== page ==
John L. O'Brien, Register 
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Title - Native American Deeds
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Introduction Narrative




It is important to keep in mind that the English did not land in Salem or Essex County, but landed in an Indian territory at places they called “Naumkeag” and “Agawam”.  How do we now present this subject material in a logical order and make judgment about what amount of background material (“stage setting”) should be necessary to prepare a reader for the best possible understanding of the content of the Native American Deeds?  The following topical questions were selected toward that end and serves to outline the series of “Focus Points” discussed in the “Narrative” section of the Home Page.  These can also serve as a theme or stimulus for teacher’s lesson plans.

What was this “primitive society” of New England Natives like?

• How many were there, where and how did they live, were there tribal boundaries, how did they travel, and communicate?

• What is known about the men and women Indians who signed the Indian Deeds with these settlers?

• How did th Indian understanding of property “ownership” differ from that of the Colonists?

• Did the Indians understand the terms of the “title to the land” deeds, which they “agreed” to sign?  Was there “consent”, or were they tricked into selling their lands?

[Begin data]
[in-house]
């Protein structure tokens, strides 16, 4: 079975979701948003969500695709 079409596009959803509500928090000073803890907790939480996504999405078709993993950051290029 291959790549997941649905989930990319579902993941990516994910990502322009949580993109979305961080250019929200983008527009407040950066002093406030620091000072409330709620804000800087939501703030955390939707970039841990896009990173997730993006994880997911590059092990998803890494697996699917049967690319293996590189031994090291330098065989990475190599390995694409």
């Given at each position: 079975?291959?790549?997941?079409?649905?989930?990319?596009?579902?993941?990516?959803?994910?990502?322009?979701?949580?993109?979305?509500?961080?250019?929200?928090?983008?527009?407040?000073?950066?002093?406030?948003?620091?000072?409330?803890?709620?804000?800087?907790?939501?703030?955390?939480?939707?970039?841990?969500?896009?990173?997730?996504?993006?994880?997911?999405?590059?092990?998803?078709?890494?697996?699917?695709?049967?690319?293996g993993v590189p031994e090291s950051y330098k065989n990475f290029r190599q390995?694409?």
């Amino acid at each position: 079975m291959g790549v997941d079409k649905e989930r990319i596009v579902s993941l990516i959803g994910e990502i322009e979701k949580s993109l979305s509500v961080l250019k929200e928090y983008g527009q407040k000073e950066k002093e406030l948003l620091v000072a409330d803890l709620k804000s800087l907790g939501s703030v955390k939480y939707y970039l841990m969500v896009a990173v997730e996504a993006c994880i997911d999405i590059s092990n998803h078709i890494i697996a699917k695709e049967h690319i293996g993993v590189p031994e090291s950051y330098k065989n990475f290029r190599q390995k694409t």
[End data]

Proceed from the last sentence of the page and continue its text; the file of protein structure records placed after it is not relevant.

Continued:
• There appears to be inconsistencies in historical accounts regarding Native Americans; whom do you believe?  Did the English settle a “virgin” land or a “widowed” land?

• Did Native Americans of Essex County fight with Metacomet (King Philip) against the colonists, and what about those terrible Indian attacks throughout Essex County between 1676 and 1725?

• What can be learned from a review of early, then later, maps regarding “possession of the land” and how it changes over time?

This project attempts to create synergies among the reference subject material and at the same time allow for a smooth flow between sections of the book.  To accomplish it a series of “Focus Points” are presented as recommended reading before considering the significance of the collection. These separate sections include the following topics: 

Focus Point 1- Three Indian Landscapes: Pre contact, Contact and Post-Contact   Periods
Focus point 2- Historical Evidence found in the Indian Deeds
Focus point 3- Indian versus English Views Regarding Rights to the Land
Focus Point 4- English Settlement Patterns in Essex County
Focus Point 5- Indian Raids on English settlers in Essex County

These “Focus Points” take the reader through a 17th century timeline of parallel dynamic elements of two different cultures – one which will dominate the other in the end

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